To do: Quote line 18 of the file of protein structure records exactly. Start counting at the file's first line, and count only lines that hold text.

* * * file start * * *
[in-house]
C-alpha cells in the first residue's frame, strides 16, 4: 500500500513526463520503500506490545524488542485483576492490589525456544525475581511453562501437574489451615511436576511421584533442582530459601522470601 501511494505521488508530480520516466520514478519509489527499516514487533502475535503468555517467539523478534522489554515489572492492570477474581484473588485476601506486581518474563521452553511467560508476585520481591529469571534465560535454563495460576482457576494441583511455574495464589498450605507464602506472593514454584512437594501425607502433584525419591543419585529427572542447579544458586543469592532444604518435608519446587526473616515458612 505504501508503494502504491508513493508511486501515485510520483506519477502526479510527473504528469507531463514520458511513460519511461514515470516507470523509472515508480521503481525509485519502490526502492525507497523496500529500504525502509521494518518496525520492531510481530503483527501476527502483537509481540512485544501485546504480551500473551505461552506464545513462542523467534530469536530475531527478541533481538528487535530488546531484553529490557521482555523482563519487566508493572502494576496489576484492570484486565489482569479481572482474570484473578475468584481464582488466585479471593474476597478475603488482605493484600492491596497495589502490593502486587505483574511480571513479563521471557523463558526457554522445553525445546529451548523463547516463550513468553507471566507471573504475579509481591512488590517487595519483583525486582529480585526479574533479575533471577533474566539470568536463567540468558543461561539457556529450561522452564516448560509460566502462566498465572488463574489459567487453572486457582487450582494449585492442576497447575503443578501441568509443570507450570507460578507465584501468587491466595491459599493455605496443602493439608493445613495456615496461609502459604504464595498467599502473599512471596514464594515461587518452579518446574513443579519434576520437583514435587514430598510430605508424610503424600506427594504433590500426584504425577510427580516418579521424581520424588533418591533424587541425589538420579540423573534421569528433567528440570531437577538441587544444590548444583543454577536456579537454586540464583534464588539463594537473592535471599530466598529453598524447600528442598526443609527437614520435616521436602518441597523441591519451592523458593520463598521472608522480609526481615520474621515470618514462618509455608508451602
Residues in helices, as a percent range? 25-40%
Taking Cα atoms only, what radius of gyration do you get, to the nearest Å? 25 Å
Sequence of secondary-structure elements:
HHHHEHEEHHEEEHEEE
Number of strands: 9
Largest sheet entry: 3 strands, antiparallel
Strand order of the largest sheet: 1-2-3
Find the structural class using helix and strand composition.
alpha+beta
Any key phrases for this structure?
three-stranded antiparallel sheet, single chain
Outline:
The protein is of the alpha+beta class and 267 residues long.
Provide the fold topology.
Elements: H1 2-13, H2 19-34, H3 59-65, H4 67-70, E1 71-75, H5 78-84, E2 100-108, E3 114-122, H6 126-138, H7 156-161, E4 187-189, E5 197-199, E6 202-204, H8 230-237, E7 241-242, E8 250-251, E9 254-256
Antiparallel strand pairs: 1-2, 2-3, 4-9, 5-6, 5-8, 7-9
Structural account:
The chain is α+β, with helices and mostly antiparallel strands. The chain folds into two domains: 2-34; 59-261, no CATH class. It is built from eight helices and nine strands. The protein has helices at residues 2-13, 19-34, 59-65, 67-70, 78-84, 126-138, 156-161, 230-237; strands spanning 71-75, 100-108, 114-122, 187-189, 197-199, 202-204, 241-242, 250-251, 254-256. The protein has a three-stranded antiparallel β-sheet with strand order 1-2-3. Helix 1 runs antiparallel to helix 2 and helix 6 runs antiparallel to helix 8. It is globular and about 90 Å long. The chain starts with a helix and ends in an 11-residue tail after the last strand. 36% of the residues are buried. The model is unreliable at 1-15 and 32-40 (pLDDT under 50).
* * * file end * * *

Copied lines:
Antiparallel strand pairs: 1-2, 2-3, 4-9, 5-6, 5-8, 7-9